Nick: Hi I’m Nick, I’m 17, and I just wondered how the clothes got from where they started off to the shops and the store to the people.

Clinton: Well you’re gonna be part of that process at Barkers Menswear – one of New Zealand’s leading fashion stores. Retail buyer Wade is in charge of creating the clothing line for the company’s eight stores.

Wade: Hi! Nick? I’m Wade.

Nick: Nice to meet you.

Wade: How are ya?

Nick: Good thanks, how are you?

Wade: Good, have you got a bit of an interest in fashion?

Nick: Yeah I do actually, I just reckon it’s a really cool industry, and I’d like to know more about it and what you do.

Wade: OK, well the reason that we’re here at a place like this is that this is actually part of the job, especially when I’m travelling. There’s a lot of looking, and a lot of taking photos of people on the street.

Nick: So why do you take the photos?

Wade: A lot of it’s to do with if I see something that I think can work for our store, and we can put it in for the next season. That’s just part of it, so I’ll show you the rest of it. We’ll head back to the office and we’ll take it from there.

Nick: Sweet.

Wade: Great.

Clinton: Wade has just come back from a trip to Europe where he was collecting research and Nick is going to help him choose a new garment for the next season.

Wade: So another big part of it is, it’s not just taking photos and looking at what is being worn but we do actually do a little bit of purchasing, and what we’re looking at here is trying to find construction of garments that I feel will be good for our customer. Let’s hang a few of these up, and take it from there.

Clinton: Overseas trends set the tone but there is a lot of work to do before it becomes a Barkers shirt so Nick and Wade have some important decisions to make.

Wade: Alright, so let's choose one of these and we’ll take it to the next process.

Nick: We’ll use this one.

Wade: OK, fantastic.

Wade: OK, so what we’ll do now is take a cutting of this. What we have here is called a GSM cutter, and what this does is take an exact cutting of the fabric. Perfect!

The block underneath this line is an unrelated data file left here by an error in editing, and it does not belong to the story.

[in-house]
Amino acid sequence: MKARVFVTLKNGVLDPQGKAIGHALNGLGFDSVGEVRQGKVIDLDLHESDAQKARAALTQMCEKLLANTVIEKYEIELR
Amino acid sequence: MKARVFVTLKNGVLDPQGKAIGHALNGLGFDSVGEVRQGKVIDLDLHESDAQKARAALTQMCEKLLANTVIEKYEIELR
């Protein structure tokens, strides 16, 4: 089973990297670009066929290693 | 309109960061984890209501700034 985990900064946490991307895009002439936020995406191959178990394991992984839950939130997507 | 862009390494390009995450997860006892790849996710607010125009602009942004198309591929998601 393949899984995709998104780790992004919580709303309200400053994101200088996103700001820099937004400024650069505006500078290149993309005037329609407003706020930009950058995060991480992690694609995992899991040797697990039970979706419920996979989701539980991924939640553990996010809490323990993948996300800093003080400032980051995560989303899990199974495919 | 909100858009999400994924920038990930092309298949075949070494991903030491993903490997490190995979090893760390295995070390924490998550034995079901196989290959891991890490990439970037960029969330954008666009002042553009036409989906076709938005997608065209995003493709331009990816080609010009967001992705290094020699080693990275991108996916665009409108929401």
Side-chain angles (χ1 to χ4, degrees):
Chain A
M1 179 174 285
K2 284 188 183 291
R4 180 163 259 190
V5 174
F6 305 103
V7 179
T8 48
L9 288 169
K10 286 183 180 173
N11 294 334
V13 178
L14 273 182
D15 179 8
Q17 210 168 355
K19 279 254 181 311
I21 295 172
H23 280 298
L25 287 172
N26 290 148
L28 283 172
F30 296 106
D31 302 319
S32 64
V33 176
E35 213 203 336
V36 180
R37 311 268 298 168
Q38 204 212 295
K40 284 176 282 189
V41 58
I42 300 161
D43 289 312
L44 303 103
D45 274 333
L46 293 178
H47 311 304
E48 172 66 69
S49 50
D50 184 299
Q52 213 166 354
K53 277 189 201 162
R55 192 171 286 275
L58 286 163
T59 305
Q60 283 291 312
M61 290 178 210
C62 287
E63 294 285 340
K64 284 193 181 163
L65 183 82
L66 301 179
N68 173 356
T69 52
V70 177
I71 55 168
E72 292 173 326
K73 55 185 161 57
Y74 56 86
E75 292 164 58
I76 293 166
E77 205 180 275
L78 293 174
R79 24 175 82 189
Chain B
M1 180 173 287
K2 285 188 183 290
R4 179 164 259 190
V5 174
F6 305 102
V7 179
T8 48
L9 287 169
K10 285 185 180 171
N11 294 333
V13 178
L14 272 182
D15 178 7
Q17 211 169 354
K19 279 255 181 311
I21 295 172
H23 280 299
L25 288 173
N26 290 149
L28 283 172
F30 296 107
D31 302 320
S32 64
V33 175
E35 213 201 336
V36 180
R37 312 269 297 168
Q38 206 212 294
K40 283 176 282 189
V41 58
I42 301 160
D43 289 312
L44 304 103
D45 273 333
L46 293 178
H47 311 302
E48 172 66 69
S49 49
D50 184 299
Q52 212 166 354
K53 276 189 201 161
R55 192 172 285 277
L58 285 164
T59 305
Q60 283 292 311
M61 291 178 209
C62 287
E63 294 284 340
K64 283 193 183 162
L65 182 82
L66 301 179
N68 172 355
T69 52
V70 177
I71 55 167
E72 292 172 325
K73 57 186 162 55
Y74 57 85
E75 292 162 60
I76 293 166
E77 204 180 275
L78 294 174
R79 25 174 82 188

Clinton: The circle is used to weigh the fabric before a creative meeting with Sam determines the cut and styling.

Wade: Hi Sam! This is Nick.

Sam: Hi Nick! Welcome to Barkers! Take a seat.

Wade: Alright, this is the one Nick’s chosen.

Sam: Good choice.

Nick: Thanks!

Wade: We just want to have a look, we probably want to do it in the classic fit.

Wade: The qualities for the job are pretty much a focus on detail. Product is everything – if the product is wrong, nothing is going to work after that. Making sure that you’re catering to who you’re trying to target is very, very important, there’s no point in just sticking to a standard formula or otherwise you’ll end up just having the same stock every season and that’s no fun for anyone.

Sam: Well I’ll go and show Nick how to carry on the next part.

Wade: Perfect!

Sam: Cool, thanks!

Sam: OK, so we now have to tell the factory how to basically make the shirt. So what I’ll get you to do is I’ll get you to measure the chest of it, and then we can translate that onto a spec.

Clinton: The various measurements are calculated for each size from extra small to 5XL. Then the sample shirt and paperwork are sent off to factories in China. Wade has a small team that makes sure the clothes get to the customer.